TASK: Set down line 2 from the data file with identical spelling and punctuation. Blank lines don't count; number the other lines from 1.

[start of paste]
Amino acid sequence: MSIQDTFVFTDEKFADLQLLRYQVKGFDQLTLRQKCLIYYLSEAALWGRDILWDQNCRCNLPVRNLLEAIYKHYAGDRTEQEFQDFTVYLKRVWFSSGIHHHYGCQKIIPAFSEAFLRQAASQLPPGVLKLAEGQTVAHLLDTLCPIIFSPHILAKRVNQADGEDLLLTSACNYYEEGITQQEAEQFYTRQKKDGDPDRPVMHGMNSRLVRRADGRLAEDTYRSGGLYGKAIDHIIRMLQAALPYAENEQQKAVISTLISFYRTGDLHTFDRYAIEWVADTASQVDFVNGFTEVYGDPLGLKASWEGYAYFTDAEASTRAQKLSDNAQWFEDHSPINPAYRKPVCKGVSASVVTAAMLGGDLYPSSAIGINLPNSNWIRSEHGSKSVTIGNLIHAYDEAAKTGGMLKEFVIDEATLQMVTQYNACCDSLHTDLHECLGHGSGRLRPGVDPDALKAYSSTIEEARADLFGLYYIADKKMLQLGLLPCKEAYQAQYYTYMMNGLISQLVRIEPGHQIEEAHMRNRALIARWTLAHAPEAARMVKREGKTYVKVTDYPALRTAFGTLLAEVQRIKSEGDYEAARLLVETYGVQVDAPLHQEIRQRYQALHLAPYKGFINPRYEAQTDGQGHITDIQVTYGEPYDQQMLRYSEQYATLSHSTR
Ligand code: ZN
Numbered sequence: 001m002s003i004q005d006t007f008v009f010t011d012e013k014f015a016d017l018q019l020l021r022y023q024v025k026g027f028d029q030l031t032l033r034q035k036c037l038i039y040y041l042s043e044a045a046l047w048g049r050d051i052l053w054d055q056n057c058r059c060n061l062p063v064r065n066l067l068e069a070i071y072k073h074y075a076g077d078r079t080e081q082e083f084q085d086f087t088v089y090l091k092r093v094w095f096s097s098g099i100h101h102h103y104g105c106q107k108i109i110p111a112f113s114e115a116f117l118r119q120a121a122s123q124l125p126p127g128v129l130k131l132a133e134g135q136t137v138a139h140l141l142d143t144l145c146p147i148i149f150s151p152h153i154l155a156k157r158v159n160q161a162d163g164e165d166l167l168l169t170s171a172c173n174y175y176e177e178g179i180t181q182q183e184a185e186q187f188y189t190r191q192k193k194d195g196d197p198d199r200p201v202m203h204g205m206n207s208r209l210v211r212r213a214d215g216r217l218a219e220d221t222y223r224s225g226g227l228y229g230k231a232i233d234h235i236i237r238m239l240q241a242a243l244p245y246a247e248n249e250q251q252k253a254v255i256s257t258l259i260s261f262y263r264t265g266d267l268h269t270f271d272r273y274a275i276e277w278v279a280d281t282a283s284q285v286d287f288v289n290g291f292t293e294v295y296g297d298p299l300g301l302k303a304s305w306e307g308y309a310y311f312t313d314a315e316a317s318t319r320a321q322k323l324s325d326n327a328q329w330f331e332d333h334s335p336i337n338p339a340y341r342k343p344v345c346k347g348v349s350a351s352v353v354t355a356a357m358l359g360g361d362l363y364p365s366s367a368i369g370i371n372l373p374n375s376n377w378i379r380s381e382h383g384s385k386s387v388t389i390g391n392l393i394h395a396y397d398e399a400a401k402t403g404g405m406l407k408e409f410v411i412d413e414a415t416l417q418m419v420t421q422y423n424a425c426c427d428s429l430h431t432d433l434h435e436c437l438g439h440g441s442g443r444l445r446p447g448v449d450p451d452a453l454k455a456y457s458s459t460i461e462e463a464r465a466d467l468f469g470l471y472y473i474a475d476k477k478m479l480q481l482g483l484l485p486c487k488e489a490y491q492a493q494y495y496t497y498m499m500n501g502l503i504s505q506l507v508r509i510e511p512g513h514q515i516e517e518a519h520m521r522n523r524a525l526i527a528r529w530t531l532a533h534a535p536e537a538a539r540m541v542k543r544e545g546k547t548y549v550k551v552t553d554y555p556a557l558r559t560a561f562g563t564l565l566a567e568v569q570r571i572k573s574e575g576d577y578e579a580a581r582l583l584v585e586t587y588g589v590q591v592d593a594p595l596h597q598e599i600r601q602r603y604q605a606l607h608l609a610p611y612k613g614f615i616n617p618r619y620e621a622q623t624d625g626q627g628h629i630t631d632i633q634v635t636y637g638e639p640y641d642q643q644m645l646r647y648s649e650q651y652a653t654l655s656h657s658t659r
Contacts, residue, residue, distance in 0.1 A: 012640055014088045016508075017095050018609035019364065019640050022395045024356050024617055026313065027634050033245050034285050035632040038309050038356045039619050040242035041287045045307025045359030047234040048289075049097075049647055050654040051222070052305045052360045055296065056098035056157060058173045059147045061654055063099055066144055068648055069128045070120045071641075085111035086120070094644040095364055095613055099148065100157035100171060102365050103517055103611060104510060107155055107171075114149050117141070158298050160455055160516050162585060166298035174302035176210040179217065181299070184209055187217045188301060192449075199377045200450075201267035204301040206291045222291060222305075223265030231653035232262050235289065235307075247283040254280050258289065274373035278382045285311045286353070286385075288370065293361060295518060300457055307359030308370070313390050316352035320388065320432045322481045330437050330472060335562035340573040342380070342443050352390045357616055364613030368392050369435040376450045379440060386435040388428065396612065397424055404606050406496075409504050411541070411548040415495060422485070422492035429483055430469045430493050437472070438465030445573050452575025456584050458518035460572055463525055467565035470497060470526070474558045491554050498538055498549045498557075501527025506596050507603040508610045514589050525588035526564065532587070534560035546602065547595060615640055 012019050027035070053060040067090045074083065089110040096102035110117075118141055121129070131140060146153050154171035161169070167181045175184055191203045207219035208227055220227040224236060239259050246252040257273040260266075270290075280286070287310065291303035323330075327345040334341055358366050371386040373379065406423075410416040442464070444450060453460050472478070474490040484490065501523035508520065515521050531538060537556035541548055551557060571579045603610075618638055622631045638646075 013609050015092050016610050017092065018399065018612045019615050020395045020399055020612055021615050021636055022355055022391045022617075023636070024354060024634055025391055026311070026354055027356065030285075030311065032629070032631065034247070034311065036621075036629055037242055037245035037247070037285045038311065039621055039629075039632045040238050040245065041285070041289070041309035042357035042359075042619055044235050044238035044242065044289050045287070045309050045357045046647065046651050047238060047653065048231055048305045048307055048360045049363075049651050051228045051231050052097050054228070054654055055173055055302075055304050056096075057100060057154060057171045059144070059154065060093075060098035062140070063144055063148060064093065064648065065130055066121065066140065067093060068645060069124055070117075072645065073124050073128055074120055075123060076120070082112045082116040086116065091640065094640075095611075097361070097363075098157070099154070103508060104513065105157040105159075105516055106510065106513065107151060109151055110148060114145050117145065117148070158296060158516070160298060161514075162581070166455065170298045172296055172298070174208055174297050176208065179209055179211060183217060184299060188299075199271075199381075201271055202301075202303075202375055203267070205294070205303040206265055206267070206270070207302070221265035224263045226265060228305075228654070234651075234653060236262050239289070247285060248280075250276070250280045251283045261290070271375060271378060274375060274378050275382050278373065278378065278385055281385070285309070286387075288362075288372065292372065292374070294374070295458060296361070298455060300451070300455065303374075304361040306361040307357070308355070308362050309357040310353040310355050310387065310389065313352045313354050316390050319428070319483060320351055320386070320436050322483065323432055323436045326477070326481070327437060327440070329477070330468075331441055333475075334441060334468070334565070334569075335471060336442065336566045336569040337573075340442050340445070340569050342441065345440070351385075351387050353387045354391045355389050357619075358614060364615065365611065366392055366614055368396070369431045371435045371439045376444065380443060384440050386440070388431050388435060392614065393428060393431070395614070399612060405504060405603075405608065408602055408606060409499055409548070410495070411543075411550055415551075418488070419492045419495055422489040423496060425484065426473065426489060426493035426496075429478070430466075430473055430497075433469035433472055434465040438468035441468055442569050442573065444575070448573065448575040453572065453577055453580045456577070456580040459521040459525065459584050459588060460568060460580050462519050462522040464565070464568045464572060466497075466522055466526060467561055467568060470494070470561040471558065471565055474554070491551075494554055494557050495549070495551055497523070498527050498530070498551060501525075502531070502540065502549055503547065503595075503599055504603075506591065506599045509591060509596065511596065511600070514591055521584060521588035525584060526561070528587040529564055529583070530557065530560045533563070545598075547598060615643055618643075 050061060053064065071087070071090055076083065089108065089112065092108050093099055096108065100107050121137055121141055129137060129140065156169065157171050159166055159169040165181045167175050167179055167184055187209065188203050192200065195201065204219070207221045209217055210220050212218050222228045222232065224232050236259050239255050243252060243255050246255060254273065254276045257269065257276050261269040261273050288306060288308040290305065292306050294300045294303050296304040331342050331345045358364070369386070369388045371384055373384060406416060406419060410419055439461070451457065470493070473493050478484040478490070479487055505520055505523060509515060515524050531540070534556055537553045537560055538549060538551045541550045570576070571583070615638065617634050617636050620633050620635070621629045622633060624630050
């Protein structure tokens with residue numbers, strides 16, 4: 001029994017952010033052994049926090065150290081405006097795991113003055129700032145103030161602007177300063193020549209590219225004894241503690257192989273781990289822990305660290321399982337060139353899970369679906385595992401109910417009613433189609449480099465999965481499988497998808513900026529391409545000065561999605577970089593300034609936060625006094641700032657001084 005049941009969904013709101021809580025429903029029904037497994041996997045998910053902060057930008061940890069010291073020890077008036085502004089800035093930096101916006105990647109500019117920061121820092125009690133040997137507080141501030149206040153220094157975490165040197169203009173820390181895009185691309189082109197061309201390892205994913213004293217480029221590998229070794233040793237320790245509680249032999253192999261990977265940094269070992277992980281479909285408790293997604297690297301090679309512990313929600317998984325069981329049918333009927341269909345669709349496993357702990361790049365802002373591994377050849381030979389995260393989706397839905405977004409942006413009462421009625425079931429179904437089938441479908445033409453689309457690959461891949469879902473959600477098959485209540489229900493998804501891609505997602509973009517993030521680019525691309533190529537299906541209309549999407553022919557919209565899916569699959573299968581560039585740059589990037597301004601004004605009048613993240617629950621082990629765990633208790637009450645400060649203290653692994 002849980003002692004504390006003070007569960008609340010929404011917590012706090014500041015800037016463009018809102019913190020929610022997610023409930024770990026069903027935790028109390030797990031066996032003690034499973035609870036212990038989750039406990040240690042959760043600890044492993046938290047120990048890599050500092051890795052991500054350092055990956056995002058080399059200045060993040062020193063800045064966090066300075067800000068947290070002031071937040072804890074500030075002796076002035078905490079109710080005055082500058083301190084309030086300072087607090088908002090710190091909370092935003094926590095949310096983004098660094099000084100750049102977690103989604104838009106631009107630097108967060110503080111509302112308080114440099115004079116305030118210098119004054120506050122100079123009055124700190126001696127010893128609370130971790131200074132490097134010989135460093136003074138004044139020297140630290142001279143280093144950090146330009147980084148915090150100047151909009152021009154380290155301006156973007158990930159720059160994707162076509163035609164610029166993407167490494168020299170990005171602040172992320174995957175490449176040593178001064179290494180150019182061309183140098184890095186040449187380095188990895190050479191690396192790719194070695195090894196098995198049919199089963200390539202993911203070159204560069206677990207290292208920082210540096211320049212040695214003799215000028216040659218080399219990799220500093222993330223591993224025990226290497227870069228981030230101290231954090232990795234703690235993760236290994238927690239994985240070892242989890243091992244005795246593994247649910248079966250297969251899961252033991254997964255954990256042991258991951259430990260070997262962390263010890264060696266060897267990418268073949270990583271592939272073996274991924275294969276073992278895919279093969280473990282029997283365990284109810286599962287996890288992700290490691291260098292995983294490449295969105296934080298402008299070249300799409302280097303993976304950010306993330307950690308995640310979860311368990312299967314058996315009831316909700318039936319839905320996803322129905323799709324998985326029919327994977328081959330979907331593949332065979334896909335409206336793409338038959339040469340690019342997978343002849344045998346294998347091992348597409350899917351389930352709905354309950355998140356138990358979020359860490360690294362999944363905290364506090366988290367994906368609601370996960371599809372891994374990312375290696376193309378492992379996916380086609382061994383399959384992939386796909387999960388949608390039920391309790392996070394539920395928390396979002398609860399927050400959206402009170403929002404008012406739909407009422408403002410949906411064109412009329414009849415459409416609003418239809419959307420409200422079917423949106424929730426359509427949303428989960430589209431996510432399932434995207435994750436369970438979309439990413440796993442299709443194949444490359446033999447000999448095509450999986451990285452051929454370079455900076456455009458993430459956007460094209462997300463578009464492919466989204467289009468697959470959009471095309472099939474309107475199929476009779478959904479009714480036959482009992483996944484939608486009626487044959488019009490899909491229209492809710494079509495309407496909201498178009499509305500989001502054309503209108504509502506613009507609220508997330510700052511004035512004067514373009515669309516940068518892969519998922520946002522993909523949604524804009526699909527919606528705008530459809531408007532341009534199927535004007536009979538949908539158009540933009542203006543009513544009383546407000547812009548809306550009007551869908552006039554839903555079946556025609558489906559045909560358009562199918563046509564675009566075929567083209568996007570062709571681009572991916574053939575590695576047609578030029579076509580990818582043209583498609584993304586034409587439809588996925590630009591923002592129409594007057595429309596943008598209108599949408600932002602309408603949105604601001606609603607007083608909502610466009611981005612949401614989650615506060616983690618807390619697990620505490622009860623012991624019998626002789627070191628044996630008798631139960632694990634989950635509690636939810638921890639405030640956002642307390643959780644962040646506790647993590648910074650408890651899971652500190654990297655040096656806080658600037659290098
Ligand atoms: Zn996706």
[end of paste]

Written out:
Ligand code: ZN